I visited the Metropolitan Museum of Art for the Pierre Bonnard exhibit. It’s 80 paintings from his late period. It was nice show but I wasn’t blown away. As usual, I dragged Artisté Florenza with me. Among her many interesting perspectives, she offered that since these works were from late in Bonnard’s career, his sight and skills may have been diminished. Perhaps. There were lots of drawings of fruit in bowls. Do you know what? I hate fruit bowl drawings. Save fruit bowls for art school. Keep them out of the museums, okay?
This was probably the best of the bunch.
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I am a creature of habit. After a special exhibit at the Met, I typically beat the same path to 19th- and early 20th-Century paintings and Modern Art but this time, upon Artisté Florenza suggestion, we visited the American Wing instead. That museum is so immense that you can spend an entire day ogling one genre of art.
The path to the American Wing runs through Egyptian Art. Here’s one of the MANY mummies that are on display.
Just think about how creepy this is for a moment. They’re dead bodies, robbed from their graves and put on display. I’m pretty sure that The Metropolitan Museum of Art was never meant to be their final resting place. Can you imagine if, say, a museum in China did that to a Catholic?! Or a Muslim?! It’s a miracle that everyone who stares at these doesn’t walk away with a pox on their family. But they are kind of cool.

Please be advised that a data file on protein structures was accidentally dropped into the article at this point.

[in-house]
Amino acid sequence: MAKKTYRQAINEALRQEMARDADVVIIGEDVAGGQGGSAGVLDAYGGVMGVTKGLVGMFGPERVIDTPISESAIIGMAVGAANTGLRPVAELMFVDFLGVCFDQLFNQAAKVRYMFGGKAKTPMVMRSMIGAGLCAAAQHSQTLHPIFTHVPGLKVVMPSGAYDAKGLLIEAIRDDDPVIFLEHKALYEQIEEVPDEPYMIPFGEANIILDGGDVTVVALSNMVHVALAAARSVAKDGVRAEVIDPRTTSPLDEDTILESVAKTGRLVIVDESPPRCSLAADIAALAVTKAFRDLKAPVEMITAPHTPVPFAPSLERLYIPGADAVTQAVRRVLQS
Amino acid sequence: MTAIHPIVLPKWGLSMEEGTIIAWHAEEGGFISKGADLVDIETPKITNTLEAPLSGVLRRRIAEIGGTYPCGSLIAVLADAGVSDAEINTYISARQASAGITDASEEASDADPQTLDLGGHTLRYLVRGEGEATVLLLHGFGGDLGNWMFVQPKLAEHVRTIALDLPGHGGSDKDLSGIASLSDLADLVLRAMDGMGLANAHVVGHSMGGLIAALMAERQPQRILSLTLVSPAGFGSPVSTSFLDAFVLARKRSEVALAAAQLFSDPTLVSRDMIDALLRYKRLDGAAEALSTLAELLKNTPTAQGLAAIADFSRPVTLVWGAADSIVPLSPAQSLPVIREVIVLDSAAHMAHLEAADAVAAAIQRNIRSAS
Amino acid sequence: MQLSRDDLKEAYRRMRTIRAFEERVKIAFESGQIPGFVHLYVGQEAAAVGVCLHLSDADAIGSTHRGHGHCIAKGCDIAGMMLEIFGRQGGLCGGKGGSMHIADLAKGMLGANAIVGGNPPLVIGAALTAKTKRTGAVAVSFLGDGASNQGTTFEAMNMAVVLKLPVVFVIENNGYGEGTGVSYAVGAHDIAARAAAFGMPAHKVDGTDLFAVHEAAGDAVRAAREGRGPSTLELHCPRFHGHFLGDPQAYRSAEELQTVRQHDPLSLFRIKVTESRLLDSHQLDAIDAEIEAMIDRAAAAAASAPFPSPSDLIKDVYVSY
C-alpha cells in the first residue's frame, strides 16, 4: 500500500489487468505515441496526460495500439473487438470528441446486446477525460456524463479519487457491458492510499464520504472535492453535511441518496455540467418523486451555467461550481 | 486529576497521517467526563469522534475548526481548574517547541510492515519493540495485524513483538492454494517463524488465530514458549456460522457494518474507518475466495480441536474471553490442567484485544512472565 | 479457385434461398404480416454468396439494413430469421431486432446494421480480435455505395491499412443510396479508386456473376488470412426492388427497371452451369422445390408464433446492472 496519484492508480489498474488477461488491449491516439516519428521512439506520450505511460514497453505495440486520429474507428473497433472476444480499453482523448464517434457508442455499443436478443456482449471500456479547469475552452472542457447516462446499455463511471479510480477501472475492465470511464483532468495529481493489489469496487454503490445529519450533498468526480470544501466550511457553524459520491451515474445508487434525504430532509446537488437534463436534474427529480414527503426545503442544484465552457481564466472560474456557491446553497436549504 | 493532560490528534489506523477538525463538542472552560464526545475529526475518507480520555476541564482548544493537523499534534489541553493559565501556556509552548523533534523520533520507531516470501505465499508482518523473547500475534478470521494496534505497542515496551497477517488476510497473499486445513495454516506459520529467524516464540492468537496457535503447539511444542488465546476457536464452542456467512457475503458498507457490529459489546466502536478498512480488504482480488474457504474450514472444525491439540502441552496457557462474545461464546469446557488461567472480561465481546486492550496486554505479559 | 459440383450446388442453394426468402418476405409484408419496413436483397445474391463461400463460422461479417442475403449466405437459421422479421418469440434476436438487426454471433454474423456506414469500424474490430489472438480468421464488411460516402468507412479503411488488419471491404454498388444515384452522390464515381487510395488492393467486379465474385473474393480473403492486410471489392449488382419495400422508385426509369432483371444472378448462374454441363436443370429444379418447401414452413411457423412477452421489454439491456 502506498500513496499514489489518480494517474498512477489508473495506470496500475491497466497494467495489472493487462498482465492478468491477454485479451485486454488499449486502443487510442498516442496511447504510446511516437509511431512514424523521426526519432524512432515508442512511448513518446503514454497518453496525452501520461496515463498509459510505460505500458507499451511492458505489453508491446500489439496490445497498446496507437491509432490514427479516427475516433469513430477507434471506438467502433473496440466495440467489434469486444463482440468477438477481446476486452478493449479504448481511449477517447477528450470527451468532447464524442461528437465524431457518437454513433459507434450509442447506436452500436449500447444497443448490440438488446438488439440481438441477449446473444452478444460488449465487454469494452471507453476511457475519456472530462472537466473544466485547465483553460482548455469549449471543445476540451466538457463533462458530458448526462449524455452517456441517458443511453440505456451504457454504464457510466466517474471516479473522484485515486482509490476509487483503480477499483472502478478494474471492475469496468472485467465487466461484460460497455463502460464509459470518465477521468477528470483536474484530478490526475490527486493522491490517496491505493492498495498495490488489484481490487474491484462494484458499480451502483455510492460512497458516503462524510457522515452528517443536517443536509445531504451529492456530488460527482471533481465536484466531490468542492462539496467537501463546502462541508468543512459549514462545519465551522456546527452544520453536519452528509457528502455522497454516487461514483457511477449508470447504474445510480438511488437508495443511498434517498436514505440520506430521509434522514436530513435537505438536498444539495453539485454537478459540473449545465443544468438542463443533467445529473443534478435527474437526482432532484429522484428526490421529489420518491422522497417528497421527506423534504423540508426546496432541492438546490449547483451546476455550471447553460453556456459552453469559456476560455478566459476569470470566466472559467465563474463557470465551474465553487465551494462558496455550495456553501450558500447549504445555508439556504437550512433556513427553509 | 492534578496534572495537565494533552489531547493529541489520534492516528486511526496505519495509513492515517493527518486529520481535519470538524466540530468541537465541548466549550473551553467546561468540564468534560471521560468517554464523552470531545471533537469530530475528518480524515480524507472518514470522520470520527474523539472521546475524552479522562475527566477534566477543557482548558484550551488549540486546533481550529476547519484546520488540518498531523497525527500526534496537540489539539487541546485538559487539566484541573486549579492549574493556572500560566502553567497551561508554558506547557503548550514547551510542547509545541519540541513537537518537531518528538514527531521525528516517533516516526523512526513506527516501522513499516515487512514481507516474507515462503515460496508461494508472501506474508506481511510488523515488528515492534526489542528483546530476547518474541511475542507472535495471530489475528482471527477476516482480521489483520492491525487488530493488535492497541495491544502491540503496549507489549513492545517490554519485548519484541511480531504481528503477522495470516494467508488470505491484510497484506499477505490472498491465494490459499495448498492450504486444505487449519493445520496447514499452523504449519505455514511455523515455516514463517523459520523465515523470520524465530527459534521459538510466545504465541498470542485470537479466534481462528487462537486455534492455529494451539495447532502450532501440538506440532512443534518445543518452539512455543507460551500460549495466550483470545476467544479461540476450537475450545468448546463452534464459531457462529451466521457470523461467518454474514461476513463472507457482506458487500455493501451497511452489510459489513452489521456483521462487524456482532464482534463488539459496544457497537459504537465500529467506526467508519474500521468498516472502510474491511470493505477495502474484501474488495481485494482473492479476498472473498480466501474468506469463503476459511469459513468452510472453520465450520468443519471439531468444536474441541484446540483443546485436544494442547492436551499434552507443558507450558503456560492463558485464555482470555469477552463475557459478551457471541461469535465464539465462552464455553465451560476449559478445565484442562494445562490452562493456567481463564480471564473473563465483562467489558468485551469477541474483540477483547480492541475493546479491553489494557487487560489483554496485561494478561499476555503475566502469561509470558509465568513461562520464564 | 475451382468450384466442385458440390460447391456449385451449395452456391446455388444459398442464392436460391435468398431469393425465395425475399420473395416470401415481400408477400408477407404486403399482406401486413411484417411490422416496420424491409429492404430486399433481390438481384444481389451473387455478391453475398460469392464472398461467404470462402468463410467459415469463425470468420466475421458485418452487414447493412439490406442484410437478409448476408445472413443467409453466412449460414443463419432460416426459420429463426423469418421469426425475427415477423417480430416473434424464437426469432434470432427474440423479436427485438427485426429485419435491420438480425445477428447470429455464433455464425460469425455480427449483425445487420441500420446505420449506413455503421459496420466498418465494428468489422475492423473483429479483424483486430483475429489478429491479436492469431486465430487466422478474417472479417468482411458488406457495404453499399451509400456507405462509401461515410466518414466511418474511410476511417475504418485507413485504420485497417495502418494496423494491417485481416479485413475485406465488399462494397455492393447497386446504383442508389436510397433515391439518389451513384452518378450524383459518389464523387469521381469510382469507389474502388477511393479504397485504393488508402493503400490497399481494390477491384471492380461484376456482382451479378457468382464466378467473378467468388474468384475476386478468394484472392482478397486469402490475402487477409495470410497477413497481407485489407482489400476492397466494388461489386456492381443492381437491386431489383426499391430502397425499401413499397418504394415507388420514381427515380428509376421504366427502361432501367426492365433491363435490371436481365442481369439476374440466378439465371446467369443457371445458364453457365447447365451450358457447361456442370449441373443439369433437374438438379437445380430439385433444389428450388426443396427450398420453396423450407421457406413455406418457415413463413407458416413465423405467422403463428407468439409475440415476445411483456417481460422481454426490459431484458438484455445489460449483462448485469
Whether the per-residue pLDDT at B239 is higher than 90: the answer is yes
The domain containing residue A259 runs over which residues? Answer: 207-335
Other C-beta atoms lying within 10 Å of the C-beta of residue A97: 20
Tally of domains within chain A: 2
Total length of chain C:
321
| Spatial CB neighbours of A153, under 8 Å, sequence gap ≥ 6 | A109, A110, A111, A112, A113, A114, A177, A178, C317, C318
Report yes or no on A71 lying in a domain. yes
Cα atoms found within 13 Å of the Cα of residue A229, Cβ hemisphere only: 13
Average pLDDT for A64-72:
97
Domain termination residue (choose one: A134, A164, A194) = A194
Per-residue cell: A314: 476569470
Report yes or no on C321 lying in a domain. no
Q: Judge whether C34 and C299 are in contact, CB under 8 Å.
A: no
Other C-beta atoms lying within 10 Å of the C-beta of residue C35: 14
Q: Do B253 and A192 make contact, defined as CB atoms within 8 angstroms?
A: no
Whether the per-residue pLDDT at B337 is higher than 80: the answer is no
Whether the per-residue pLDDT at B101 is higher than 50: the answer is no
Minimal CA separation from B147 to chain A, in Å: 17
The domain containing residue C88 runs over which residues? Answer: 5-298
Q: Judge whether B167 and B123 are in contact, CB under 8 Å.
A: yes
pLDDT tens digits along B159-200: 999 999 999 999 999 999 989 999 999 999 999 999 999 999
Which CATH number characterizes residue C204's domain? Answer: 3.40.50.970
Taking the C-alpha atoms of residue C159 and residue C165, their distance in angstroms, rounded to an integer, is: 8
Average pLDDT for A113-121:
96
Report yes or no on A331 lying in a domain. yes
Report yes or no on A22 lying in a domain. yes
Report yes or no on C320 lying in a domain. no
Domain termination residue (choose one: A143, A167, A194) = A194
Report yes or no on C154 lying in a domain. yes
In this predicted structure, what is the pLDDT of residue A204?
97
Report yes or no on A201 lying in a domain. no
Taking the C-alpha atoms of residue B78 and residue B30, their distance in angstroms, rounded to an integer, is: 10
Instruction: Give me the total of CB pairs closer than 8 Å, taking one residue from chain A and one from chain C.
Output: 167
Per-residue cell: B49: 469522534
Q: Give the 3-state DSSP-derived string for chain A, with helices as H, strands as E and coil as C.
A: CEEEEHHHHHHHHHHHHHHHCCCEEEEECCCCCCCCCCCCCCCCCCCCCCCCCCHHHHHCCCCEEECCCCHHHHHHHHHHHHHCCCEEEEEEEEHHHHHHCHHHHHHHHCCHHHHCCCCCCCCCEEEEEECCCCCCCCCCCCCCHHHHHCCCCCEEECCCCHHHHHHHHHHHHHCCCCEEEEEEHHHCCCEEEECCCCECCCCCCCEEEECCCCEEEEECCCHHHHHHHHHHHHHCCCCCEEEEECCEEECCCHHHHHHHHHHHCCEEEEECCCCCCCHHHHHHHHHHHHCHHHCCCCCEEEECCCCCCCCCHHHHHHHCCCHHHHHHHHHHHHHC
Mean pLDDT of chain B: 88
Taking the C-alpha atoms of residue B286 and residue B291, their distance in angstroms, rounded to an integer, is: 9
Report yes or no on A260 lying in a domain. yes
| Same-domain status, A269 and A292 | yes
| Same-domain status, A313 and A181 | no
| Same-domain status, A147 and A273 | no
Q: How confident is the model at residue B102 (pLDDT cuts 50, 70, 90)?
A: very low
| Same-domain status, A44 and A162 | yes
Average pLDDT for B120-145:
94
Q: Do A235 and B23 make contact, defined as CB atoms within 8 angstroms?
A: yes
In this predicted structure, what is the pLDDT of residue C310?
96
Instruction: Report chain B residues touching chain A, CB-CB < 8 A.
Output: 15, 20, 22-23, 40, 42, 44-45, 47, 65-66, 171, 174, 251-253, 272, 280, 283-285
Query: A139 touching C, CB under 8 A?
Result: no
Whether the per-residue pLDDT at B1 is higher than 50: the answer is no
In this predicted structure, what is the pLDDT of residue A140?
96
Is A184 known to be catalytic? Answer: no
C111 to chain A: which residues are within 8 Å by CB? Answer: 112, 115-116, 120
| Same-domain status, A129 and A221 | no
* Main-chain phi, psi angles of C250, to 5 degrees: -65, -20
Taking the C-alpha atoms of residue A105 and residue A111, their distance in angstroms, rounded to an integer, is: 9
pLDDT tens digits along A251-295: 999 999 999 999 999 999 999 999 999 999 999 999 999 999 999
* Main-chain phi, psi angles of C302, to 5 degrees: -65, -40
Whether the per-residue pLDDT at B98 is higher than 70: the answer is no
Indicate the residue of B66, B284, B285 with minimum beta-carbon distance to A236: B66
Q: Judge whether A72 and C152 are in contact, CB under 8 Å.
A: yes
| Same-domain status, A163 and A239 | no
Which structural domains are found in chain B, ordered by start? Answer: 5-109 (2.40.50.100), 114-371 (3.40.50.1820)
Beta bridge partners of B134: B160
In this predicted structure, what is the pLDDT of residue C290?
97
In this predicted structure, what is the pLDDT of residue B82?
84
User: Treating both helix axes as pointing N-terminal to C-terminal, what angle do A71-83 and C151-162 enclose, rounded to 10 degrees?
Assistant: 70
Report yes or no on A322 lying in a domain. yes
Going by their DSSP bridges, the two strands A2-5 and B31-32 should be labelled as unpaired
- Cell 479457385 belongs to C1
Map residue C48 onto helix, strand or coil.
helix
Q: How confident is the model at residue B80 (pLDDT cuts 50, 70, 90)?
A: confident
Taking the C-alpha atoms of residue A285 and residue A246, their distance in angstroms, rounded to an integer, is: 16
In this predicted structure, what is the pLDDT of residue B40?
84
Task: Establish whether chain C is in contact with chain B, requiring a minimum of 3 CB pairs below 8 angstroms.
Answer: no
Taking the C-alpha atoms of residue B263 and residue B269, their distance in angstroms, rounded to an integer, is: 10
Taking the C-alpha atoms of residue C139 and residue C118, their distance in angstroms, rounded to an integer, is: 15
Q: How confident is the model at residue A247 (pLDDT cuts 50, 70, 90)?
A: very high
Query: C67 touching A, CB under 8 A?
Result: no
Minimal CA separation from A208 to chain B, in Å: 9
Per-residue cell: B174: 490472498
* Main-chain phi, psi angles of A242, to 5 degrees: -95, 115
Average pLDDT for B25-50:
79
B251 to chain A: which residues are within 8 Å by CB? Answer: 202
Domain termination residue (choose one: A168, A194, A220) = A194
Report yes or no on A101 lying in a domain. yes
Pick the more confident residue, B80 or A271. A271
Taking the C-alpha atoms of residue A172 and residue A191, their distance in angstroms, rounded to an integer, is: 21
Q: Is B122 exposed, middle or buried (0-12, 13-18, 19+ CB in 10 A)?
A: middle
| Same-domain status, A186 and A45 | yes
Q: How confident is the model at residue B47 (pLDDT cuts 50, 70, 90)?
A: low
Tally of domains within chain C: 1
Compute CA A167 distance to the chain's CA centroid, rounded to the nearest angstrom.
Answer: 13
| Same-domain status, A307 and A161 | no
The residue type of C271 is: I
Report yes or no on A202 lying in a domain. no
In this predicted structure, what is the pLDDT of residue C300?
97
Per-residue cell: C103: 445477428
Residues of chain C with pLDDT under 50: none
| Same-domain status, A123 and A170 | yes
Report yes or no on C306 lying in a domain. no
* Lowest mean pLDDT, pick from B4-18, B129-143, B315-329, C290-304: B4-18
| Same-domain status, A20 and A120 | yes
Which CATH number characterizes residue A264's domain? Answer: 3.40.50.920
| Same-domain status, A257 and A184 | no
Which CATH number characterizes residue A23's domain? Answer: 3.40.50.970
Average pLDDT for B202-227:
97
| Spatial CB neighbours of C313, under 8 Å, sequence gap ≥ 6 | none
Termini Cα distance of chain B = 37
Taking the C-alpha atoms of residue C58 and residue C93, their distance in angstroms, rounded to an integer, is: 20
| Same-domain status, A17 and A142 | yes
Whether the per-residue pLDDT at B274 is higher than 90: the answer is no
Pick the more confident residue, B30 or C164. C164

After the mummies, you have to walk through the Temple of Dendur. The back wall of this Wing is a huge window that looks out over Central Park. Light streams in onto the Temple and reflecting pools that surround it. The best part of this photo is the silhouetted figures. It was an accident!
Again, what are we doing with an ancient temple in the middle of Manhattan? It’s madness. I don’t want to think about the payback implications.
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If you enter the American Wing from the right corridor, you are greeted by this stunning Tiffany stained glass window.
Not bad, eh? There are a lot of Tiffany vases, windows and jewelry on display. Tucked away in a corner is Louis Comfort Tiffany’s actual workbench!
Right off of the Tiffany exhibit is the Frank Lloyd Wright room. This was originally the living room of the summer residence of Frances W. Little, whoever the hell that was. Some wealthy bloke, I suppose. All of the furnishings, windows, light fixtures, carpeting, etc., were designed by Wright. Here’s a good write-up on the room (for Jon, esp).
I had always ignored this Wing of the museum but it turns out we Americans can show the Europeans a thing or two about design and art after all.
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Here’s a Paul Klee for my brother, who likes him a lot.